2.15: How can I use statically- and dynamically-allocated multidimensional arrays interchangeably when passing them to functions?

There is no single perfect method.  Given the declarations

        int array[NROWS][NCOLUMNS];
        int **array1;
        int **array2;
        int *array3;
        int (*array4)[NCOLUMNS];
as initialized in the code fragments in questions 2.10 and 2.14, and functions declared as
        f1(int a[][NCOLUMNS], int m, int n);
        f2(int *aryp, int nrows, int ncolumns);
        f3(int **pp, int m, int n);
(see questions 2.10 and 2.11), the following calls should work as expected:
	f1(array, NROWS, NCOLUMNS);
	f1(array4, nrows, NCOLUMNS);
	f2(&array[0][0], NROWS, NCOLUMNS);
	f2(*array2, nrows, ncolumns);
	f2(array3, nrows, ncolumns);
	f2(*array4, nrows, NCOLUMNS);
	f3(array1, nrows, ncolumns);
	f3(array2, nrows, ncolumns);

The following two calls would probably work, but involve questionable casts, and work only if the dynamic ncolumns matches the static NCOLUMNS:

	f1((int (*)[NCOLUMNS])(*array2), nrows, ncolumns);
	f1((int (*)[NCOLUMNS])array3, nrows, ncolumns);

It must again be noted that passing &array[0][0] to f2() is not strictly conforming; see question 2.11.

If you can understand why all of the above calls work and are written as they are, and if you understand why the combinations that are not listed would not work, then you have a very good understanding of arrays and pointers (and several other areas) in C.

2.16: Here's a neat trick: if I write

	int realarray[10];
	int *array = &realarray[-1];

I can treat "array" as if it were a 1-based array.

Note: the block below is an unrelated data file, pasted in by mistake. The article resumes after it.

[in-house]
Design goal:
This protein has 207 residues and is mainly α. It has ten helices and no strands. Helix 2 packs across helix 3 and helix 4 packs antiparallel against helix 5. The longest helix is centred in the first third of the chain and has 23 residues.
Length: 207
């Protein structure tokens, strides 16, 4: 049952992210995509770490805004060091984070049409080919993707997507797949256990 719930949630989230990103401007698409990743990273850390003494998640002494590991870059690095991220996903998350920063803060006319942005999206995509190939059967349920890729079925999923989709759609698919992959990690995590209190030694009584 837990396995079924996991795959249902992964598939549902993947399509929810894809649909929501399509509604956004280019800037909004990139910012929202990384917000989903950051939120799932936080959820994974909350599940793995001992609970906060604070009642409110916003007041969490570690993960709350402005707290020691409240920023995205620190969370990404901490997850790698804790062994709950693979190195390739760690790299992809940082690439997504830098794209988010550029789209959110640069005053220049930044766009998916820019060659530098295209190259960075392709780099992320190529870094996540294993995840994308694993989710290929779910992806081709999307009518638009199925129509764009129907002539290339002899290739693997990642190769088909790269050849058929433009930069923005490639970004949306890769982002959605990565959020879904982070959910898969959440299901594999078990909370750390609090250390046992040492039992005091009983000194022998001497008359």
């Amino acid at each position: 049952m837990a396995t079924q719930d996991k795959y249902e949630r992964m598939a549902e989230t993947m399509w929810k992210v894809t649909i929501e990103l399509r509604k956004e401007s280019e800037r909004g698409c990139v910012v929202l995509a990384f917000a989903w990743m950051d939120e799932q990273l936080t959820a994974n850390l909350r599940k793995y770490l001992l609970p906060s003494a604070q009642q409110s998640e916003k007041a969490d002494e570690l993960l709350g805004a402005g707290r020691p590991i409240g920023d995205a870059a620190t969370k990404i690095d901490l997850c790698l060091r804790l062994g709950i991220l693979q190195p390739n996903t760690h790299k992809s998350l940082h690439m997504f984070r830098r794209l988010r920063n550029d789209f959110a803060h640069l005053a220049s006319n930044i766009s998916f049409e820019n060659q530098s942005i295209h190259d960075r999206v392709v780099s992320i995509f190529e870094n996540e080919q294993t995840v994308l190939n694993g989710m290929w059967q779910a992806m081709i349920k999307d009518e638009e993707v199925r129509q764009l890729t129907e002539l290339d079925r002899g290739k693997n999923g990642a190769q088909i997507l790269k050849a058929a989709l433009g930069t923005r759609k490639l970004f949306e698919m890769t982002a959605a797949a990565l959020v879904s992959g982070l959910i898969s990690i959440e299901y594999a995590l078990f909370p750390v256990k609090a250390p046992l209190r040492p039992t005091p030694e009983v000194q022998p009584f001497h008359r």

Although this technique is attractive (and was used in old editions of the book Numerical Recipes in C), it does not conform to the C standards. Pointer arithmetic is defined only as long as the pointer points within the same allocated block of memory, or to the imaginary "terminating" element one past it; otherwise, the behavior is undefined, even if the pointer is not dereferenced. The code above could fail if, while subtracting the offset, an illegal address were generated (perhaps because the address tried to "wrap around" past the beginning of some memory segment).

References: ANSI Sec. 3.3.6 p. 48, Rationale Sec. p. 38; K&R II Sec. 5.3 p. 100, Sec. 5.4 pp. 102-3, Sec. A7.7 pp. 205-6.

2.17: I passed a pointer to a function which initialized it:

	int *ip;

	void f(ip)
	int *ip;
		static int dummy = 5;
		ip = &dummy;

, but the pointer in the caller was unchanged.

Did the function try to initialize the pointer itself, or just what it pointed to?  Remember that arguments in C are passed by value.  The called function altered only the passed copy of the pointer.  You'll want to pass the address of the pointer (the function will end up accepting a pointer-to-a-pointer), or have the function return the pointer.

2.18: I have a char * pointer that happens to point to some ints, and I want to step it over them.  Why doesn't

	((int *)p)++;


In C, a cast operator does not mean "pretend these bits have a different type, and treat them accordingly;" it is a conversion operator, and by definition it yields an rvalue, which cannot be assigned to, or incremented with ++ (It is an anomaly in pcc- derived compilers, and an extension in gcc, that expressions such as the above are ever accepted.)  Say what you mean: use

	p = (char *)((int *)p + 1);

, or simply

	p += sizeof(int);

References: ANSI Sec. 3.3.4, Rationale Sec. p. 43.

2.19: Can I use a void ** pointer to pass a generic pointer to a function by reference?

Not portably. There is no generic pointer-to-pointer type in C. void * acts as a generic pointer only because conversions are applied automatically when other pointer types are assigned to and from void *'s; these conversions cannot be performed (the correct underlying pointer type is not known) if an attempt is made to indirect upon a void ** value which points at something other than a void *.